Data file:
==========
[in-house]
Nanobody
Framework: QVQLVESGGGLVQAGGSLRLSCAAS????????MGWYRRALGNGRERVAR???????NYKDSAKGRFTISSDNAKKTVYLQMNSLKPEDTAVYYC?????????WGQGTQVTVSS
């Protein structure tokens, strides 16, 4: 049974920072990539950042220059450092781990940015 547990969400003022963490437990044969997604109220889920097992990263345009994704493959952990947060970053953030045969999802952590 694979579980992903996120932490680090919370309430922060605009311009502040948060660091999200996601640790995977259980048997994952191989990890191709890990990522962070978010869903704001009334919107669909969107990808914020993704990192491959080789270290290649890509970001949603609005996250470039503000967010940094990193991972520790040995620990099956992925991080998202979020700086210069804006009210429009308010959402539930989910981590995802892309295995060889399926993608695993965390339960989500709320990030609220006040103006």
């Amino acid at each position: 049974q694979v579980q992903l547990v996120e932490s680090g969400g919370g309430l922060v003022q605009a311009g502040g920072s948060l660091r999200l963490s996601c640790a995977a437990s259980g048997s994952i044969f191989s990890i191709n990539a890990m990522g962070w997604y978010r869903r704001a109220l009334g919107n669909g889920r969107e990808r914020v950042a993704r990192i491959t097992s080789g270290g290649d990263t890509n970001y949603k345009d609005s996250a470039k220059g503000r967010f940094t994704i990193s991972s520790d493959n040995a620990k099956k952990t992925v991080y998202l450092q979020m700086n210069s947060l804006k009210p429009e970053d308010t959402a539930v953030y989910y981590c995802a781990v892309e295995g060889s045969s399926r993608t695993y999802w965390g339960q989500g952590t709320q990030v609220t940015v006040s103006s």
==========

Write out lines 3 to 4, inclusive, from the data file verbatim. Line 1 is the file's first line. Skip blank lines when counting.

Framework: QVQLVESGGGLVQAGGSLRLSCAAS????????MGWYRRALGNGRERVAR???????NYKDSAKGRFTISSDNAKKTVYLQMNSLKPEDTAVYYC?????????WGQGTQVTVSS
């Protein structure tokens, strides 16, 4: 049974920072990539950042220059450092781990940015 547990969400003022963490437990044969997604109220889920097992990263345009994704493959952990947060970053953030045969999802952590 694979579980992903996120932490680090919370309430922060605009311009502040948060660091999200996601640790995977259980048997994952191989990890191709890990990522962070978010869903704001009334919107669909969107990808914020993704990192491959080789270290290649890509970001949603609005996250470039503000967010940094990193991972520790040995620990099956992925991080998202979020700086210069804006009210429009308010959402539930989910981590995802892309295995060889399926993608695993965390339960989500709320990030609220006040103006």